horse-running
Some people would argue that the reason for having animals, such as horses is to use them for a specific purpose such as providing labor or transportation. Another thought is that we as humans exploit animals for our gain and we do so by using force (Luke 1996). While these things are sadly true, this is not the relationship that I have with my two horses. My horses get to enjoy being outside with other horses eating grass all day. They occasionally get brushed and then I give them their cookies, which they happen to love. My horses are not pets to me, they are my family and I need them in my life. I have a mutual relationship with my horses as they trust that I won’t let them get hurt and I trust that they won’t hurt me.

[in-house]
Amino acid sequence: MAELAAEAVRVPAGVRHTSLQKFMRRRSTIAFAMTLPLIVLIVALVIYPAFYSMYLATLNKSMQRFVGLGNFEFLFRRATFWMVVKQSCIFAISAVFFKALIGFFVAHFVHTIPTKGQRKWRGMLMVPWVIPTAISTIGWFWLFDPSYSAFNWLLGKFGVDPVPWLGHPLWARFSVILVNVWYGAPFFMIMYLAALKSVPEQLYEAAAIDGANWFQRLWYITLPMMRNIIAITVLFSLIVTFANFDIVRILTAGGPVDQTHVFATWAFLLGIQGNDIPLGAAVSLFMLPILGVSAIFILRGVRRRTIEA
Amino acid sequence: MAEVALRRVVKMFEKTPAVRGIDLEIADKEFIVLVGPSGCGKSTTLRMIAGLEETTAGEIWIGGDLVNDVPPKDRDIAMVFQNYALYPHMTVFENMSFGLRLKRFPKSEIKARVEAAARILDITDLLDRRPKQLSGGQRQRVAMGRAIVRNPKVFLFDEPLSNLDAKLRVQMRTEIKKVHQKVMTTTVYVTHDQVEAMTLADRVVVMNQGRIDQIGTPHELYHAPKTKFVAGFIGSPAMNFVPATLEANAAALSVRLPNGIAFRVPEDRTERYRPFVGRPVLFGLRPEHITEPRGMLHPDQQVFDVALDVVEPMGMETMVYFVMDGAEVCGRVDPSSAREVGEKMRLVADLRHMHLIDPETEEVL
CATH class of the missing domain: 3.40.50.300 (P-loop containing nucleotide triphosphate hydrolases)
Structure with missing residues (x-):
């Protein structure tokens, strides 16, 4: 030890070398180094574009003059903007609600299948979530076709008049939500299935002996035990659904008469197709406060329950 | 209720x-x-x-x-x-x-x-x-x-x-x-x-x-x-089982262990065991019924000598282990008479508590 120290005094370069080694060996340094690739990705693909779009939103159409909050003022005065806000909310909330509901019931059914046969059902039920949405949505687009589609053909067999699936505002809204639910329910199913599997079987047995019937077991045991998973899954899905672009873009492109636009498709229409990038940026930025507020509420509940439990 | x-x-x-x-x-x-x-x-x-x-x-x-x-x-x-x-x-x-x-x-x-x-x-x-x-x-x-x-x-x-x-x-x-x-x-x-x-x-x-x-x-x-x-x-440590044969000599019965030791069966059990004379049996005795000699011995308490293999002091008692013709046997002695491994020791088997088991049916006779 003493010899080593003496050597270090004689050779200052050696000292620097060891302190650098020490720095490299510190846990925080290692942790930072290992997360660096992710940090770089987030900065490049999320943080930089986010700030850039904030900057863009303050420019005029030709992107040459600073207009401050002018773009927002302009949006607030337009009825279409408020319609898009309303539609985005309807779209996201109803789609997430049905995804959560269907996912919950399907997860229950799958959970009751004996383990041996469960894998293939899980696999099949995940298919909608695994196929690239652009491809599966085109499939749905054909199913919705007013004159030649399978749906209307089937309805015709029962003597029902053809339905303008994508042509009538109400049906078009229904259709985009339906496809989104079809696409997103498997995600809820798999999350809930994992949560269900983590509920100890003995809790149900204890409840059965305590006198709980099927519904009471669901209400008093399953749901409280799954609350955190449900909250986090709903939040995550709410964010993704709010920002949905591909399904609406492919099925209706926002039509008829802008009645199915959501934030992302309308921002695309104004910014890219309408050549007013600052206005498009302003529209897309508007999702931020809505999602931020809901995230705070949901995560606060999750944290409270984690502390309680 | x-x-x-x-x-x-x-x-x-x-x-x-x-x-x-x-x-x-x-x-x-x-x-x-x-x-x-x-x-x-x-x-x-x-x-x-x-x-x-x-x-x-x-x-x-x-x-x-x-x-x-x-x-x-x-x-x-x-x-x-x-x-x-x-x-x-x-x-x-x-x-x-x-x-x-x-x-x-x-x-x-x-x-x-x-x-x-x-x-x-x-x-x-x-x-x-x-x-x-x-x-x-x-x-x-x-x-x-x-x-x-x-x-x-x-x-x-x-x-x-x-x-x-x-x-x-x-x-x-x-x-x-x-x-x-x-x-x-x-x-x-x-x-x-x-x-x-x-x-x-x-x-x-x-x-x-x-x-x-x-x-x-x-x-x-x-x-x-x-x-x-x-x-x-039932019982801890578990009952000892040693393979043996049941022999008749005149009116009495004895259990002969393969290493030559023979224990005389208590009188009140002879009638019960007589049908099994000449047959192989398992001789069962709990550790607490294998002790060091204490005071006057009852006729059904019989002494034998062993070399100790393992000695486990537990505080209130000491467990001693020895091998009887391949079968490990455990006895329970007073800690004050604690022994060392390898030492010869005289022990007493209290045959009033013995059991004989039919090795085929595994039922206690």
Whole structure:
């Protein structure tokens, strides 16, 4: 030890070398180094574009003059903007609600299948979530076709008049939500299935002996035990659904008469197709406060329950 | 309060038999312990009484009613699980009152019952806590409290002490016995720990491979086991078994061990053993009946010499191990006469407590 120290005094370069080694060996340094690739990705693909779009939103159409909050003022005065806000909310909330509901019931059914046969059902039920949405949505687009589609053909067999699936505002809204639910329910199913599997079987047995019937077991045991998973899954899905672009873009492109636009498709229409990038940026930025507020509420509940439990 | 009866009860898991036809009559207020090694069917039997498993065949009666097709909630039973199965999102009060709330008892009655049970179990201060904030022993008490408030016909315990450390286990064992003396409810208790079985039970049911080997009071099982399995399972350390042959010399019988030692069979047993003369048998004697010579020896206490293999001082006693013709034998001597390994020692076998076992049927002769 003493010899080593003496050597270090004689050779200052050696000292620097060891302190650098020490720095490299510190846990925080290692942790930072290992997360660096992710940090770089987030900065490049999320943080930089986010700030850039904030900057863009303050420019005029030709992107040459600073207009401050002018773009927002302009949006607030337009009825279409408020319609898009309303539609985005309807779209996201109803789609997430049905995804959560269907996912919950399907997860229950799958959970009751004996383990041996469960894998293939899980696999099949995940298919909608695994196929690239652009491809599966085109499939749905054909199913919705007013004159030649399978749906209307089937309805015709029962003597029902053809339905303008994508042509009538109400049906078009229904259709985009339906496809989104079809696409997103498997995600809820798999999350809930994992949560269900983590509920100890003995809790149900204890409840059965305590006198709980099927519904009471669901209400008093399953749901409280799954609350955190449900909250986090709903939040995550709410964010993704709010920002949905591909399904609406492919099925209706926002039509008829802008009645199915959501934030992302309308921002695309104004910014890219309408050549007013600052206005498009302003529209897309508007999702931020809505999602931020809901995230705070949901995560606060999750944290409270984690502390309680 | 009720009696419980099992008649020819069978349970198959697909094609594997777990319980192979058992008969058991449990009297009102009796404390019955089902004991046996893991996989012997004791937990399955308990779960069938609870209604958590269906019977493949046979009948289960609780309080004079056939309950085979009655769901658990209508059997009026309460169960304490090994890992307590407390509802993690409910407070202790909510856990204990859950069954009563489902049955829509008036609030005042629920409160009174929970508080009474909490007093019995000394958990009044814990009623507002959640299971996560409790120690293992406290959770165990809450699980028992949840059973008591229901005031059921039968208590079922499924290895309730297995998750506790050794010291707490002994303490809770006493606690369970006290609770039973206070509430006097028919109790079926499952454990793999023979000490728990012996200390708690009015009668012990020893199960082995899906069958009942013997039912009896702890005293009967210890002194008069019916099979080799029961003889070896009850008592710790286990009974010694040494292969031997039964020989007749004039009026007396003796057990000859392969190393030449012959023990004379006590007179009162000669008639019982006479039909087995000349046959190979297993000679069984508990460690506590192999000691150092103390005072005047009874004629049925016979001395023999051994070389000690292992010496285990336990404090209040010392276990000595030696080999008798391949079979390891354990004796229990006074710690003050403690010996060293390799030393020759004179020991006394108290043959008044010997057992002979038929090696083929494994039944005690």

The relationship between a horse and a person is a powerful one that can help a person who has been struggling with personal difficulties. I have had my fair share of personal difficulties in my 21 years of life. I have never had anything extremely traumatic happen in my life but I have had things that have messed with my head before happen to me. Although I have lived a very good childhood, a few things recently hurt me and the only way I could cope with the issues that I was facing was by going to see my horses. Even if I could stop by for a couple of minutes to give them some treats I would because their presence helped to calm me down.